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Integrated lipidomics and proteomics network analysis highlights lipid and immunity pathways associated with Alzheimer's disease

Research output: Contribution to journalArticle

AddNeuroMed Consortium

Original languageEnglish
Article number36
Pages (from-to)36
JournalTranslational Neurodegeneration
Volume9
Issue number1
DOIs
Published21 Sep 2020

King's Authors

Abstract

BACKGROUND: There is an urgent need to understand the pathways and processes underlying Alzheimer's disease (AD) for early diagnosis and development of effective treatments. This study was aimed to investigate Alzheimer's dementia using an unsupervised lipid, protein and gene multi-omics integrative approach.

METHODS: A lipidomics dataset comprising 185 AD patients, 40 mild cognitive impairment (MCI) individuals and 185 controls, and two proteomics datasets (295 AD, 159 MCI and 197 controls) were used for weighted gene co-expression network analyses (WGCNA). Correlations of modules created within each modality with clinical AD diagnosis, brain atrophy measures and disease progression, as well as their correlations with each other, were analyzed. Gene ontology enrichment analysis was employed to examine the biological processes and molecular and cellular functions of protein modules associated with AD phenotypes. Lipid species were annotated in the lipid modules associated with AD phenotypes. The associations between established AD risk loci and the lipid/protein modules that showed high correlation with AD phenotypes were also explored.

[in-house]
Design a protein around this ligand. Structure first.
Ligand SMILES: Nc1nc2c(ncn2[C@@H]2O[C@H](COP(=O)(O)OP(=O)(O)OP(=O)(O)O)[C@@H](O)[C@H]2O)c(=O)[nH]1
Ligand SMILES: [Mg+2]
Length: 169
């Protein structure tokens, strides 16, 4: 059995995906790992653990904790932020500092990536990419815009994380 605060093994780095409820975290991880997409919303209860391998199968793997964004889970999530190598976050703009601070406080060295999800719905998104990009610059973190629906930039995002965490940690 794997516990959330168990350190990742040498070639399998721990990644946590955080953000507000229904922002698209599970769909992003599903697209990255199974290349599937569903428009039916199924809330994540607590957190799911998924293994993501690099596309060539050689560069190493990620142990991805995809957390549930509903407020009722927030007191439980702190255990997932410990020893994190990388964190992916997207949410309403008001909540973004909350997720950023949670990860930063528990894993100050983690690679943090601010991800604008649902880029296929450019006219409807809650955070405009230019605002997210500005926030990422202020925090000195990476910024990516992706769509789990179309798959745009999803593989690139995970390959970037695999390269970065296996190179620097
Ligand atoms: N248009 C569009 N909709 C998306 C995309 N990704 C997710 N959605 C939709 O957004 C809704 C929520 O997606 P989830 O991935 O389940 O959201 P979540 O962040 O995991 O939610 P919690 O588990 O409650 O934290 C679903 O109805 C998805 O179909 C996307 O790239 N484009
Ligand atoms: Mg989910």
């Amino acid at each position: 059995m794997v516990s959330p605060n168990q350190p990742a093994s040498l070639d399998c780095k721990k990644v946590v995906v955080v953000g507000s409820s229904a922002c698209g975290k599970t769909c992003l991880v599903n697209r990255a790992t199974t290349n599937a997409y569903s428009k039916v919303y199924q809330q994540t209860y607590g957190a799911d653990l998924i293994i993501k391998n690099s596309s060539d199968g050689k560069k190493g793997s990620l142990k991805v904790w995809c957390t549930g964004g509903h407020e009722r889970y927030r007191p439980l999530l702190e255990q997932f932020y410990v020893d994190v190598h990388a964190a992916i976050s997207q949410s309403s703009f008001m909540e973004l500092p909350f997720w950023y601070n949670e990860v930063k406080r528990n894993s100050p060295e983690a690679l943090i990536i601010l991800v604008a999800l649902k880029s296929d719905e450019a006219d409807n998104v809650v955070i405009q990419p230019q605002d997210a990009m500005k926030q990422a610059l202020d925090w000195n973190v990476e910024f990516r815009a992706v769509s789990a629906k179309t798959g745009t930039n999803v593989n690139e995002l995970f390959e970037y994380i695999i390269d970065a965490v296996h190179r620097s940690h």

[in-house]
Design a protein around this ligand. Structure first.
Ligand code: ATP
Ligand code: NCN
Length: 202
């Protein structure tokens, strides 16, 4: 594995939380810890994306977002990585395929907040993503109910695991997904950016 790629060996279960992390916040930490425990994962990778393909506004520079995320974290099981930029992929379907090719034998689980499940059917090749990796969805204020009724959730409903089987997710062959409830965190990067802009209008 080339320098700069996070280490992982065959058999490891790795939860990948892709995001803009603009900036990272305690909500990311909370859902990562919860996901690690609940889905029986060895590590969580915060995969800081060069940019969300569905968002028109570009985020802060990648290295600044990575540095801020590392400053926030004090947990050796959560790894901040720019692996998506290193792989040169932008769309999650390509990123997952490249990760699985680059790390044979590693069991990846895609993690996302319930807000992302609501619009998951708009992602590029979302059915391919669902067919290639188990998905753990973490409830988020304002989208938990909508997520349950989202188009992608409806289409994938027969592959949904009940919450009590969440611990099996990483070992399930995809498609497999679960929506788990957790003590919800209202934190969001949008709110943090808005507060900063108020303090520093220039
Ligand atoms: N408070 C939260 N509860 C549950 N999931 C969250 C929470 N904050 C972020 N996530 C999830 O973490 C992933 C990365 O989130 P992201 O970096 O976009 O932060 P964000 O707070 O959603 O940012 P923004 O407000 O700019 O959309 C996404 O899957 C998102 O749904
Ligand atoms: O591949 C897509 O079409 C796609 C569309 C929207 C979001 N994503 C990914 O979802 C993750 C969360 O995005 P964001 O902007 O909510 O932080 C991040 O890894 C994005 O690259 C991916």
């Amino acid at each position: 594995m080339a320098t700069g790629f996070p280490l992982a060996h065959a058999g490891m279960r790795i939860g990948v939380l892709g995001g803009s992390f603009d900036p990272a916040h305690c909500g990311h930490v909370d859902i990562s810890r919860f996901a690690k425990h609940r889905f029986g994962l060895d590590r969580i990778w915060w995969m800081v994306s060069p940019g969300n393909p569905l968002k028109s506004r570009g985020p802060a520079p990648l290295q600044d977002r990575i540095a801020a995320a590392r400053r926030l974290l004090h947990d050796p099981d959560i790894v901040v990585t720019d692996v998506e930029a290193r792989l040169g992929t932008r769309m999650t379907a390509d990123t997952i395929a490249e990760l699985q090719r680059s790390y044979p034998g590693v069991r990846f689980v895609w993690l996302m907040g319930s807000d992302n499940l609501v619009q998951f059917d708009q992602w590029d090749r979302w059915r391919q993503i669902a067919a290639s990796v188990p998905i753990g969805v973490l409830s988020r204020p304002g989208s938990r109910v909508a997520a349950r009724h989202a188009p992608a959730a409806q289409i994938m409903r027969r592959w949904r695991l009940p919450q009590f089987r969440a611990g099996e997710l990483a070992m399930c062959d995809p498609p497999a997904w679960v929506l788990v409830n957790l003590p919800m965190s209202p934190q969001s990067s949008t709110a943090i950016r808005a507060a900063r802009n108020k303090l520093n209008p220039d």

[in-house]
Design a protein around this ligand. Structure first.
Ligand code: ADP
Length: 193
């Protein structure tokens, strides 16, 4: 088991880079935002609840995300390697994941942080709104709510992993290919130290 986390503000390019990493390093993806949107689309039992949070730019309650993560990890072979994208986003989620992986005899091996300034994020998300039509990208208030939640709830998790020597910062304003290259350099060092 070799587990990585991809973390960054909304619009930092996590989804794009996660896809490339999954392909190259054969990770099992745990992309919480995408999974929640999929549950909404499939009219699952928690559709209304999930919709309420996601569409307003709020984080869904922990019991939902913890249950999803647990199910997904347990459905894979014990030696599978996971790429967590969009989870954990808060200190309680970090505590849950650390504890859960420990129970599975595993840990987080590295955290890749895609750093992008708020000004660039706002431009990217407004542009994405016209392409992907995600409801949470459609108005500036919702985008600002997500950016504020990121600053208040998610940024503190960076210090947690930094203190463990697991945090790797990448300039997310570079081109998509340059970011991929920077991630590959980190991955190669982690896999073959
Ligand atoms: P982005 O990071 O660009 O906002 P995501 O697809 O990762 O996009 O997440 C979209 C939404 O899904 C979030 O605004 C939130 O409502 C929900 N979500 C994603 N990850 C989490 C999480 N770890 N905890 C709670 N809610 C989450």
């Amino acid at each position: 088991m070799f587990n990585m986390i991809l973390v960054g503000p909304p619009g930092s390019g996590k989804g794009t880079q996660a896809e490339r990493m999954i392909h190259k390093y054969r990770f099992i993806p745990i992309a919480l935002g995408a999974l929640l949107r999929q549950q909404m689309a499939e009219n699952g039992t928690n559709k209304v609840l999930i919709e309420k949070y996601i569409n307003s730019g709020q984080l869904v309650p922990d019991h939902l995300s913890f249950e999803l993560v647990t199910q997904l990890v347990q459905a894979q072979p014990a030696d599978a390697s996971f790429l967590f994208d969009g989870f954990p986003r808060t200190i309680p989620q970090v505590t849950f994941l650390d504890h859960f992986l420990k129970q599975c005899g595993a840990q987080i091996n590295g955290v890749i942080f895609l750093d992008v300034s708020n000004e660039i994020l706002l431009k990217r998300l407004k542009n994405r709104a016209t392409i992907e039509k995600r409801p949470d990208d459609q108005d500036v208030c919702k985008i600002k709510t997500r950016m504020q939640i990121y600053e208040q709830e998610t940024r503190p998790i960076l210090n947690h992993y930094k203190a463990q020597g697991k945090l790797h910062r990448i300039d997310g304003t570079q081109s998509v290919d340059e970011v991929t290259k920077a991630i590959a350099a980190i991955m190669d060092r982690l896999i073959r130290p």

RESULTS: Five of the 20 identified lipid modules and five of the 17 identified protein modules were correlated with clinical AD diagnosis, brain atrophy measures and disease progression. The lipid modules comprising phospholipids, triglycerides, sphingolipids and cholesterol esters were correlated with AD risk loci involved in immune response and lipid metabolism. The five protein modules involved in positive regulation of cytokine production, neutrophil-mediated immunity, and humoral immune responses were correlated with AD risk loci involved in immune and complement systems and in lipid metabolism (the APOE ε4 genotype).

CONCLUSIONS: Modules of tightly regulated lipids and proteins, drivers in lipid homeostasis and innate immunity, are strongly associated with AD phenotypes.

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